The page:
This process of sickling happens repeatedly during the life of the red cell; in the tissues where the oxygen levels are low, the sickle haemoglobin tends to polymerise and in the lungs, where the oxygen level is high, the tactoids dissolve again. Over time, the repetition of this process irreversibly damages the red cell in different ways. Firstly, the lifespan of the red cell is limited, causing an anaemia, which is a universal feature in patients with sickle cell disease. Secondly, the red cell becomes dehydrated, due to a loss of salts and, as a result, is even more likely to undergo sickling in future and finally, it changes the structure of the red cell membrane so that the red cells become much more “sticky”, due to the exposure of adhesion molecules, such as alpha2-beta1 integrin and BCAM/LU. Increased “stickiness” means that they are much more likely to stick, or adhere, to other blood cells and to the endothelium, which is the lining on the inside of the blood vessels. So, not only are red cells containing sickle haemoglobin less flexible than normal red cells but they are also much more adherent, both features which promote vaso-occlusion.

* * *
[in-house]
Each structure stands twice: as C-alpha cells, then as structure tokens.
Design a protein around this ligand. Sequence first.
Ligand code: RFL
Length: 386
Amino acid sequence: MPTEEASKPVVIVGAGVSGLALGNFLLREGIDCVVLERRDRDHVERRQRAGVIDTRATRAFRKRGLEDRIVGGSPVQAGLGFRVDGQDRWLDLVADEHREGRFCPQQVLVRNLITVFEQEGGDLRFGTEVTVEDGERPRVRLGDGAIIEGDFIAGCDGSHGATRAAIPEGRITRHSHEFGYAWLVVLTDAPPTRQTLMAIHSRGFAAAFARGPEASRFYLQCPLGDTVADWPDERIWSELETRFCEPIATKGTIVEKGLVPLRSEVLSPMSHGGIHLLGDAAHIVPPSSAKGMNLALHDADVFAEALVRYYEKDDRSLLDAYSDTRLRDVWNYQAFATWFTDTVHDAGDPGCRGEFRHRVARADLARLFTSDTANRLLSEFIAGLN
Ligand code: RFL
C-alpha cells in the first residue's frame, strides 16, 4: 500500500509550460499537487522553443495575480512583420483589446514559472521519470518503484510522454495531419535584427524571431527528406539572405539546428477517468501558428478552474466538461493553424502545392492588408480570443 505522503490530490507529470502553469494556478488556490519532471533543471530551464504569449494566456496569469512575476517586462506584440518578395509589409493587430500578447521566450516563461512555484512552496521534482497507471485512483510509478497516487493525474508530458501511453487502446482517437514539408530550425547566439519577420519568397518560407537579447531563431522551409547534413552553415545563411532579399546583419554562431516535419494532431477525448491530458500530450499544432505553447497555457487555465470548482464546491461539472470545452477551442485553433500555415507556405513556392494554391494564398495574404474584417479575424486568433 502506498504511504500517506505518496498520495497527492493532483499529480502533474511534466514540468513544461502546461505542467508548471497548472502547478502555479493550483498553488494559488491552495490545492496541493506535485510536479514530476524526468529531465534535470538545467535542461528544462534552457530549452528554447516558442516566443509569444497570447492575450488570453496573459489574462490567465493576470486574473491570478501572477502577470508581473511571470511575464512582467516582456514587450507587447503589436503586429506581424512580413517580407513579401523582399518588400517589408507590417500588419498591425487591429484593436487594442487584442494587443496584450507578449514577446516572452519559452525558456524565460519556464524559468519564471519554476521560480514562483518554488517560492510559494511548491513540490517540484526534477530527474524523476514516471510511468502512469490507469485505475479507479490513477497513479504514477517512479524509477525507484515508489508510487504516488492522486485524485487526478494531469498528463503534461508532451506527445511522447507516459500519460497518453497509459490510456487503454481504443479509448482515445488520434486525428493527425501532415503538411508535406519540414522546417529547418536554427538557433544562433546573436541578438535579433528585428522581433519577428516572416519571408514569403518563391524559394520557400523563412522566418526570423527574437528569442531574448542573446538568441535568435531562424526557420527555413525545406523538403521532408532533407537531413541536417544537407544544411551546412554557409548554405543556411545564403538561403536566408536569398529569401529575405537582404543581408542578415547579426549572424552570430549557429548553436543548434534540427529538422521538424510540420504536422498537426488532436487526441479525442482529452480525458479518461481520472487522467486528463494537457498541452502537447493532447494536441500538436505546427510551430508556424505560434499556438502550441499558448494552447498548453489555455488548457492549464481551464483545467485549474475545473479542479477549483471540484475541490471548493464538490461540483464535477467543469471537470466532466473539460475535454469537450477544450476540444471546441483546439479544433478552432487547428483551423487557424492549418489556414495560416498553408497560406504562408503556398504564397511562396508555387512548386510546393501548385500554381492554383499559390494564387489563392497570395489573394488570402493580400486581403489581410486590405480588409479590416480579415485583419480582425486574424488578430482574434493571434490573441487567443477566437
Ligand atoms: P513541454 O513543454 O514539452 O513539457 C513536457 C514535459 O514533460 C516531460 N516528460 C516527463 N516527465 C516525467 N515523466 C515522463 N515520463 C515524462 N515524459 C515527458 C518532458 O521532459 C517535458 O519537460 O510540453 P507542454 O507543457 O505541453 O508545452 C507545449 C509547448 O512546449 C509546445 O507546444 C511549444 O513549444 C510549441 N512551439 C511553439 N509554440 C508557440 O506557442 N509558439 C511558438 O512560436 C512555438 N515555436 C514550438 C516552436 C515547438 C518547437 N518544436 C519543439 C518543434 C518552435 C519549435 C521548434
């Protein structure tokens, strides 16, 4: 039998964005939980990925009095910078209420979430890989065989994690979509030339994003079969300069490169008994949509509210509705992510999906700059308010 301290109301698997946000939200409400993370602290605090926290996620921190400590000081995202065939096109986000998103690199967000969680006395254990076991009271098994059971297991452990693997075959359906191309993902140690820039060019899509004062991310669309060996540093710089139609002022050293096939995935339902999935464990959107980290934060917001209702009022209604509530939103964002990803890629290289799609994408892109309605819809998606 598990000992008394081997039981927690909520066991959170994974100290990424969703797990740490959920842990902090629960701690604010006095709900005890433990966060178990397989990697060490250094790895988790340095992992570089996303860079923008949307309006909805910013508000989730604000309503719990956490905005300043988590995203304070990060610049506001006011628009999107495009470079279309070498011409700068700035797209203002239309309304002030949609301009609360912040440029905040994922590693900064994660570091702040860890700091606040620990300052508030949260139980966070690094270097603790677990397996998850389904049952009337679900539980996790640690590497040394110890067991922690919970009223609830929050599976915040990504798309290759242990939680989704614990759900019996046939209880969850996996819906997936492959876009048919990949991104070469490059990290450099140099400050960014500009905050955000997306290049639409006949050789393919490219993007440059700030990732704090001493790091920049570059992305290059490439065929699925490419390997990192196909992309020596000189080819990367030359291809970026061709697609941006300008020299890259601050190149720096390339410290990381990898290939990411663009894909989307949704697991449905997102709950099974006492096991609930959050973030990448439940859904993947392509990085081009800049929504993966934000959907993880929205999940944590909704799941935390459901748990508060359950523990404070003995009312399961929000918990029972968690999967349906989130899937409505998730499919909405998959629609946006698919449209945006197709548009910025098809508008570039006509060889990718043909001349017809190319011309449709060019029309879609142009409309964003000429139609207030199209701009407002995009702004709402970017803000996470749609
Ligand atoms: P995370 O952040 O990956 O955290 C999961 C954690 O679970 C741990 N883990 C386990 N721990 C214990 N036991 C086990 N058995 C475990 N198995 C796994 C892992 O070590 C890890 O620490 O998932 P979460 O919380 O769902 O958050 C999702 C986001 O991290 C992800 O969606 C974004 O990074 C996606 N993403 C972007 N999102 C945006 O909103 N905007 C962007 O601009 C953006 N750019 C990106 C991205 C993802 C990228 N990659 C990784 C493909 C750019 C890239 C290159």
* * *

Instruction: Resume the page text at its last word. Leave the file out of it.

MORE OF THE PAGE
But it isn’t only the red blood cells which are changed, the endothelium, or lining of the blood vessels, is also more “sticky” and receptive to red cell adhesion. Levels of TNF-alpha (tumour necrosis factor-alpha) and interleukin 1 are increased in sickle cell disease and these two chemicals are known to stimulate the endothelium to produce special adhesion molecules, including the selectins (P-selectin and E-selectin), vascular cell adhesion molecules (VCAM-1) and intercellular adhesion molecules (ICAM-1). What is more, production of these adhesion molecules is normally limited by nitric oxide, but levels of nitric oxide are low in sickle cell disease, so this also drives, or up-regulates, increased production of these molecules. So, in sickle cell disease both the red cells and the vascular endothelium are “sticky” encouraging blood vessel blockage or vaso-occlusion.